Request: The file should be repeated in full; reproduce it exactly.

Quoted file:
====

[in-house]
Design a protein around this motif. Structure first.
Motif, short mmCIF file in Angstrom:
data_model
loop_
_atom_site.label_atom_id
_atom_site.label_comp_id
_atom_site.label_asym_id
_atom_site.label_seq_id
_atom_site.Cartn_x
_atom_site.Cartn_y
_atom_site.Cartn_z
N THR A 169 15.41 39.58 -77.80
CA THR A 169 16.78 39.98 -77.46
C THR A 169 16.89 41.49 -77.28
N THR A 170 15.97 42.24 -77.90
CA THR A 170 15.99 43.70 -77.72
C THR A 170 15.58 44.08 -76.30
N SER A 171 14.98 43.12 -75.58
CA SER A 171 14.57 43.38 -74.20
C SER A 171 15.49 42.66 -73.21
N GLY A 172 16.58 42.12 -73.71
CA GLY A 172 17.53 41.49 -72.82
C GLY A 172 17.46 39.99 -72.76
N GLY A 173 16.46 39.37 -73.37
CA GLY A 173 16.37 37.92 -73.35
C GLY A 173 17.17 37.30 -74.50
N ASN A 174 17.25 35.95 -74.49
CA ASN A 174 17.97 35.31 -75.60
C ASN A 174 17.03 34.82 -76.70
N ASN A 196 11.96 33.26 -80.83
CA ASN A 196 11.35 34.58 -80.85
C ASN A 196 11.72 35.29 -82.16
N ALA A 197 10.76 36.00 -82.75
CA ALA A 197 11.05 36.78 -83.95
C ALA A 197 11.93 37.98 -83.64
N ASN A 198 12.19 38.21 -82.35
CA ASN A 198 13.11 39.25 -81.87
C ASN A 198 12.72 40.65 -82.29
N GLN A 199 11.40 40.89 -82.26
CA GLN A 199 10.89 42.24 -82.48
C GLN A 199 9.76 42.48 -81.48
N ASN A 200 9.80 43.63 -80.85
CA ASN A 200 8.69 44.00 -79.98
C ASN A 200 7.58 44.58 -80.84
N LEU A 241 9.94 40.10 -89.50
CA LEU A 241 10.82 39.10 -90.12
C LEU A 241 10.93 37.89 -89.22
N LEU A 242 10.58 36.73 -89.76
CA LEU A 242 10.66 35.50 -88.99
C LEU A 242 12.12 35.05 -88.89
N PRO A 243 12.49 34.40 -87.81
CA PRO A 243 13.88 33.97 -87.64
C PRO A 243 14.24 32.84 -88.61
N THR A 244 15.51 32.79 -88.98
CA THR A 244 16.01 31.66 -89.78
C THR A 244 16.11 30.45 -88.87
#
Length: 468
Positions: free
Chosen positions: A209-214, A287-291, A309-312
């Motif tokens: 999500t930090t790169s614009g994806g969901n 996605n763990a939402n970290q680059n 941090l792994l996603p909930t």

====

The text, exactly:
[in-house]
Design a protein around this motif. Structure first.
Motif, short mmCIF file in Angstrom:
data_model
loop_
_atom_site.label_atom_id
_atom_site.label_comp_id
_atom_site.label_asym_id
_atom_site.label_seq_id
_atom_site.Cartn_x
_atom_site.Cartn_y
_atom_site.Cartn_z
N THR A 169 15.41 39.58 -77.80
CA THR A 169 16.78 39.98 -77.46
C THR A 169 16.89 41.49 -77.28
N THR A 170 15.97 42.24 -77.90
CA THR A 170 15.99 43.70 -77.72
C THR A 170 15.58 44.08 -76.30
N SER A 171 14.98 43.12 -75.58
CA SER A 171 14.57 43.38 -74.20
C SER A 171 15.49 42.66 -73.21
N GLY A 172 16.58 42.12 -73.71
CA GLY A 172 17.53 41.49 -72.82
C GLY A 172 17.46 39.99 -72.76
N GLY A 173 16.46 39.37 -73.37
CA GLY A 173 16.37 37.92 -73.35
C GLY A 173 17.17 37.30 -74.50
N ASN A 174 17.25 35.95 -74.49
CA ASN A 174 17.97 35.31 -75.60
C ASN A 174 17.03 34.82 -76.70
N ASN A 196 11.96 33.26 -80.83
CA ASN A 196 11.35 34.58 -80.85
C ASN A 196 11.72 35.29 -82.16
N ALA A 197 10.76 36.00 -82.75
CA ALA A 197 11.05 36.78 -83.95
C ALA A 197 11.93 37.98 -83.64
N ASN A 198 12.19 38.21 -82.35
CA ASN A 198 13.11 39.25 -81.87
C ASN A 198 12.72 40.65 -82.29
N GLN A 199 11.40 40.89 -82.26
CA GLN A 199 10.89 42.24 -82.48
C GLN A 199 9.76 42.48 -81.48
N ASN A 200 9.80 43.63 -80.85
CA ASN A 200 8.69 44.00 -79.98
C ASN A 200 7.58 44.58 -80.84
N LEU A 241 9.94 40.10 -89.50
CA LEU A 241 10.82 39.10 -90.12
C LEU A 241 10.93 37.89 -89.22
N LEU A 242 10.58 36.73 -89.76
CA LEU A 242 10.66 35.50 -88.99
C LEU A 242 12.12 35.05 -88.89
N PRO A 243 12.49 34.40 -87.81
CA PRO A 243 13.88 33.97 -87.64
C PRO A 243 14.24 32.84 -88.61
N THR A 244 15.51 32.79 -88.98
CA THR A 244 16.01 31.66 -89.78
C THR A 244 16.11 30.45 -88.87
#
Length: 468
Positions: free
Chosen positions: A209-214, A287-291, A309-312
């Motif tokens: 999500t930090t790169s614009g994806g969901n 996605n763990a939402n970290q680059n 941090l792994l996603p909930t």